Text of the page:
58 CRA Regulation, Recital 23, Art 23.

59 Article 7(2).

60 Para 8, Annex I, Section C.

61 Article 7(3).

62 Article 7(4).

63 Annex I, Section C.

64 Para 1, 2(a) and (b), Annex 1, Section C.

65 Para 2(c), Annex 1, Section C.

66 Para 4, Annex 1, Section C.

67 Para 4, Annex 1, Section B.

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75 Danielle Blanchard and Georges Dionne, “Risk Management and Corporate Governance” (HEC Montreal Risk Management Chair Working Paper, 2003), available on the Internet at <http://papers.ssrn.com/sol3/papers.cfm?abstract_id=441482> (last accessed on 23 April 2013).

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86 Commission Regulation, art 6.

87 Commission Regulation, art 4.

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95 Art 10(5).

96 Art 8(6).

97 ESMA, “Annual Report on the Application Regulation on Credit Rating Agencies as provided by Article 21(5) and Article 39a of the Regulation (EU) No 1060/2009 as amended by Regulation No 1095/2010” (12 January 2012) ESMA/2012/3, available on the Internet at <http://www.esma.europa.eu/system/files/2012-3.pdf> accessed 3 January 2013 (last accessed on 23 April 2013); Commission Regulation.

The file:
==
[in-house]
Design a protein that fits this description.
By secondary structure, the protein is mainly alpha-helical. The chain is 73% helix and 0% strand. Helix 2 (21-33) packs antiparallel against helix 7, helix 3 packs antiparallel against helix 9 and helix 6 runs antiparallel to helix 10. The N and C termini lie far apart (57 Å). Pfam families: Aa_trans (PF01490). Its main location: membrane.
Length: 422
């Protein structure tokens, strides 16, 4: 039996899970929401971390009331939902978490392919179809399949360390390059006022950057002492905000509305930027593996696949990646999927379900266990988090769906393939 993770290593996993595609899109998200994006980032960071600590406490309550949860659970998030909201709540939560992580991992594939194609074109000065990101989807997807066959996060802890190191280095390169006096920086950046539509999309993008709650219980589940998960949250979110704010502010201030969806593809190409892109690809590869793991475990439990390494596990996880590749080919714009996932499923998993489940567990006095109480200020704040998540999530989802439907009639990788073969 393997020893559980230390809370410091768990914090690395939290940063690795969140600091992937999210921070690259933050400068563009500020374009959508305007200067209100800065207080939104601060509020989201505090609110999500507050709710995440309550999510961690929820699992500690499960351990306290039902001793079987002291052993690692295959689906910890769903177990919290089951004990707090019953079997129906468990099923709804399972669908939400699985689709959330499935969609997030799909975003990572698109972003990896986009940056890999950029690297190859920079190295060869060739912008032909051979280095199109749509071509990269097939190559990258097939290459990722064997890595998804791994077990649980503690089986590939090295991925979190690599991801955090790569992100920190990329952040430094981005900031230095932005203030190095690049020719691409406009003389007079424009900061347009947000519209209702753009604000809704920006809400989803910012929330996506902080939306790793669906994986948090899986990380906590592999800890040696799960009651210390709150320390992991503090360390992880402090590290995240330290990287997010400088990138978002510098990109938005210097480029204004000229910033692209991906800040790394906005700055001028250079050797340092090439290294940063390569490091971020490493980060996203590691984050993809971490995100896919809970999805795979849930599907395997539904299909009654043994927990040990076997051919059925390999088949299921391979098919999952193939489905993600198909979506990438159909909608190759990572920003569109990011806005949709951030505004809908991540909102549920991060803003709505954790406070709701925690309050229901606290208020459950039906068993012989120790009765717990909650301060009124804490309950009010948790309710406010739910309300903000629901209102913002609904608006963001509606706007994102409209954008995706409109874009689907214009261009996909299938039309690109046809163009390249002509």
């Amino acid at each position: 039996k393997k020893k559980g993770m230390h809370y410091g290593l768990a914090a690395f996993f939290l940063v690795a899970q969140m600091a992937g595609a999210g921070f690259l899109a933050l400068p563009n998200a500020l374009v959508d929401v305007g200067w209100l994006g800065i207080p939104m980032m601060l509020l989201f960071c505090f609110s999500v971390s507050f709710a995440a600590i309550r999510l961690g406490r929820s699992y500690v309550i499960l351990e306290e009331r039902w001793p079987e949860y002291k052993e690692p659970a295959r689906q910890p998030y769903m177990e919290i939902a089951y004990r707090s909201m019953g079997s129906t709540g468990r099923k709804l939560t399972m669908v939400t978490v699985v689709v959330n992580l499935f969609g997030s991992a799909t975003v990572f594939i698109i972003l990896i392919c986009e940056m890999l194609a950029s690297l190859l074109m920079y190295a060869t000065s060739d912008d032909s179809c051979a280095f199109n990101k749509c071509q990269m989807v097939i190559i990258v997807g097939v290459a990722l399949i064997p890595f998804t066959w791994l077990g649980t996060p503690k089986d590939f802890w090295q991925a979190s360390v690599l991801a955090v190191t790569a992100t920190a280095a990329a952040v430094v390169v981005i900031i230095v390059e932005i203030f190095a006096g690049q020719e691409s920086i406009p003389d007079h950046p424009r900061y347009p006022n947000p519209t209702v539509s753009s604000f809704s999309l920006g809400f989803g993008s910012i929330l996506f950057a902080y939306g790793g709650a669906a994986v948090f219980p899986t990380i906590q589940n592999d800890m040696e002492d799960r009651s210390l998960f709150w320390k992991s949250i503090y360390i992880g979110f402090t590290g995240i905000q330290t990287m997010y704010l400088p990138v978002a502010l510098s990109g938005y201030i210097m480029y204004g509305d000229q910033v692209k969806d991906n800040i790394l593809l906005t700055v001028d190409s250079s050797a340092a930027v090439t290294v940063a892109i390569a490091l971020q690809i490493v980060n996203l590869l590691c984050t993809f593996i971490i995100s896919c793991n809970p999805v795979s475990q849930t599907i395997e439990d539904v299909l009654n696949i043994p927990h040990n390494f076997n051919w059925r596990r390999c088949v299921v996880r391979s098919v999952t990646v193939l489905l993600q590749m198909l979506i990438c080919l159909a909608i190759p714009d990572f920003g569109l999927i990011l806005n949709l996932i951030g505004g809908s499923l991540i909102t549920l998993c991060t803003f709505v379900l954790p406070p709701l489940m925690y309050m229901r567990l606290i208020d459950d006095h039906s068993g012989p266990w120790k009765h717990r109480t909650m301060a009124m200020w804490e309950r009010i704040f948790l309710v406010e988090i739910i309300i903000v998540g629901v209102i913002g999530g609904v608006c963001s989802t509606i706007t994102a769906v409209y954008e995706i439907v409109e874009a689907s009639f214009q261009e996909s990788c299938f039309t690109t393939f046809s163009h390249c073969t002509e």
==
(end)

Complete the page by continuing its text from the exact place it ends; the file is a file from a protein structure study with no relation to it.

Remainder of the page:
98 ESMA, “ESMA's Report on the Supervision of Credit Rating Agencies” (22 March 2012), supra note 97. For example, ESMA found less than satisfactory the records kept of internal meetings that are crucial in the lead-up to the issuing of the rating (para 17), the decision- making procedures in internal committees finalising a rating (paras 20, 23), the time pressures under which analysts may be working (para 24), and high staff turnover that may affect rating competence and consistency (para 29).

99 ESMA, Credit Rating Agencies: Annual Report 2012 (March 2013).

100 CRA Amendment Regulation 2013, arts 8b and 8c.

101 above, art 6a.

102 CRA Regulation, art 10(3).

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104 CRA Regulation, Annex I, Part I, Section D, para 1(4) requires credit rating agencies to disclose whether they consider the quality of information used by them to be satisfactory. This however does not amount to a limited or qualified rating, and investors may be unsure of how to treat such disclosures.

105 CRA Amendment Regulation 2013, art 8a.

106 Patrick Jenkins, “Rating Groups could Self–Regulate”, Financial Times(London, 26 June 2012).